Table 1. Medicare Spending on Respiratory Drugs. (Open table in separate window)

The data on price on small prices rises can be deceiving when calculating total costs. For example, Advair Diskus, a bronchodilator, ranked in the top-five of Medicare expenditures, with $2.3 billion in spending in 2015. However, he utilization of the drug has actually declined a little over the last five years. Meanwhile, the total spending has not gone down, but increased. Fueled by relatively modest price increases, from $3.81 per unit in 2011 to $5.28 in 2015, the spending on the drug increased by more than half a billion dollars over that period.

Of particular concern is a rise in price of some generics, a class of drugs that are intended to decrease drug prices and spending. Drugs that were responsible for large amounts of overall spending tended to see smaller increases that gradually increased the government outlay. In one outlier, the price of the hepatitis C treatment, Harvoni, decreased slightly in 2015, even as it led overall spending.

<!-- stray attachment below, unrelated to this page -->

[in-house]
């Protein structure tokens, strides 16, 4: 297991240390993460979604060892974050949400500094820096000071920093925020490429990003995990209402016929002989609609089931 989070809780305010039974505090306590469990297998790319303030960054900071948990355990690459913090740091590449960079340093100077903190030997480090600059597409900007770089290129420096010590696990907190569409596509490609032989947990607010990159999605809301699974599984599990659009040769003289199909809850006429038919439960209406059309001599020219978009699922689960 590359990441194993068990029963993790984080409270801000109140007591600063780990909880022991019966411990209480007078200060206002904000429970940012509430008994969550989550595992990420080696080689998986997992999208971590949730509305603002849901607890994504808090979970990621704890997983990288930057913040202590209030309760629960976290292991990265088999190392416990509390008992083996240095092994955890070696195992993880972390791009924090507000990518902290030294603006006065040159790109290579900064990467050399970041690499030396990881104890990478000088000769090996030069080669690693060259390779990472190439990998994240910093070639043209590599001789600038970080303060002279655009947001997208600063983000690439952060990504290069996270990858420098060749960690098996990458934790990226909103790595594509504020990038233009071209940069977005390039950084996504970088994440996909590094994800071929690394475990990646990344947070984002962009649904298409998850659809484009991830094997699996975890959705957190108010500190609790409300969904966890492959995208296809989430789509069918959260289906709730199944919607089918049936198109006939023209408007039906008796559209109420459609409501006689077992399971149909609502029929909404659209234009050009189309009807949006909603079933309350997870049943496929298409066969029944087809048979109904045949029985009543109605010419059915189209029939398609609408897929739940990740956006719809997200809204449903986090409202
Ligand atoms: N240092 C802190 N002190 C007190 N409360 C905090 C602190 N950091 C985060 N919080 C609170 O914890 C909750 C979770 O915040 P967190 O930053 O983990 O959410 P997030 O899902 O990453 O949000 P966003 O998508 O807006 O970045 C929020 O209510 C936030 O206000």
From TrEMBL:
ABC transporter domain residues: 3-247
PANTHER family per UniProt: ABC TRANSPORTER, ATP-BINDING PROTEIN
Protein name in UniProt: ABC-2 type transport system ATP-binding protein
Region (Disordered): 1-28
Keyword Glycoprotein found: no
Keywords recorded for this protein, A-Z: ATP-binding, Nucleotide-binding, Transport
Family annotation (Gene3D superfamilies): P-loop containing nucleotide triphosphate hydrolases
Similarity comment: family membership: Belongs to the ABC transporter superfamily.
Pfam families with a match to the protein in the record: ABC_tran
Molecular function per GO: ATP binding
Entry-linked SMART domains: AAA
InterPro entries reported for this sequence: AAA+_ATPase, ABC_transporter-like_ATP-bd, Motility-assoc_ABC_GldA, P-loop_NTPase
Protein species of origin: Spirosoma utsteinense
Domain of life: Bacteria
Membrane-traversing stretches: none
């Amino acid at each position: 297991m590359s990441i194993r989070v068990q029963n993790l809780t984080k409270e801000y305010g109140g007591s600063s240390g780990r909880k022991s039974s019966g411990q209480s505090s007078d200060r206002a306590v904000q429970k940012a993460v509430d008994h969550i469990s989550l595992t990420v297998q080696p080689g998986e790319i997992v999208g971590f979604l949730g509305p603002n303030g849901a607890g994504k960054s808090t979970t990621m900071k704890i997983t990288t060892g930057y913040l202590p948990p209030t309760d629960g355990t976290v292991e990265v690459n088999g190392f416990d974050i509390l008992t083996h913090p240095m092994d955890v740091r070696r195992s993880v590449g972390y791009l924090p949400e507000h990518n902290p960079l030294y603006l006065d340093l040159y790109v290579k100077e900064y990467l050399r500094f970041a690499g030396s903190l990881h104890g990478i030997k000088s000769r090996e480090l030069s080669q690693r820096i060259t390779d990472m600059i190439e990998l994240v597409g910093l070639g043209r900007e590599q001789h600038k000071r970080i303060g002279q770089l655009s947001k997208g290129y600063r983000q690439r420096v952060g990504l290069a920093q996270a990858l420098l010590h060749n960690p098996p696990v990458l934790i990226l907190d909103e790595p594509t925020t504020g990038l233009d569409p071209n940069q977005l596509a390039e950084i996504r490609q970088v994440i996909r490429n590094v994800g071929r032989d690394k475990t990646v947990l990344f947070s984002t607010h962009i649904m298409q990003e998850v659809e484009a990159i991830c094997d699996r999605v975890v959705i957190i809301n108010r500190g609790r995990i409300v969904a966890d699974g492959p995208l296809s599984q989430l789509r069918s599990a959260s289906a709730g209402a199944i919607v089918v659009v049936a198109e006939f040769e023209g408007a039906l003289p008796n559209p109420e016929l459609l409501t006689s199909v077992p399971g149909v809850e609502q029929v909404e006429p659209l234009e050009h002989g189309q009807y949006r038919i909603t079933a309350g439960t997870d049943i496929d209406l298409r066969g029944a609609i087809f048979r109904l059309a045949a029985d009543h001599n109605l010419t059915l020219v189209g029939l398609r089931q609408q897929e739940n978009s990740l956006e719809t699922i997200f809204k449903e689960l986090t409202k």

The prices do not include the impact of rebates, which are prohibited by law from being released (3). Those discounts can be significant, and not knowing what they are means the numbers almost certainly overstate how much the government actually paid for these drugs. CMS disclosed that, on average, rebates for brand name drugs were 17.5 percent for medicines covered by Medicare's "part D" prescription drug benefit in 2014.

Richard A. Robbins, MD

Editor, SWJPCC

References

  1. CMS. 2015 Medicare drug spending dashboard. Available at: https://www.cms.gov/Research-Statistics-Data-and-Systems/Statistics-Trends-and-Reports/Information-on-Prescription-Drugs/2015Medicare.html (accessed 11/15/16.
  2. CMS. 2015 Medicaid drug spending dashboard. Available at: https://www.cms.gov/Research-Statistics-Data-and-Systems/Statistics-Trends-and-Reports/Information-on-Prescription-Drugs/2015Medicaid.html (accessed 11/15/16).
  3. Johnson CY. Drugs for hepatitis C and diabetes drove Medicare spending in 2015. Washington Post. November 14, 2016. Available at: https://www.washingtonpost.com/news/wonk/wp/2016/11/14/the-drugs-driving-up-medicare-spending/ (accessed 11/15/16).

Cite as: Robbins RA. CMS releases data on drug spending. Southwest J Pulm Crit Care. 2016;13(5):242-3. doi: https://doi.org/10.13175/swjpcc118-16 PDF 

Tuesday
Sep202016

Hospital Employment of Physicians Does Not Improve Quality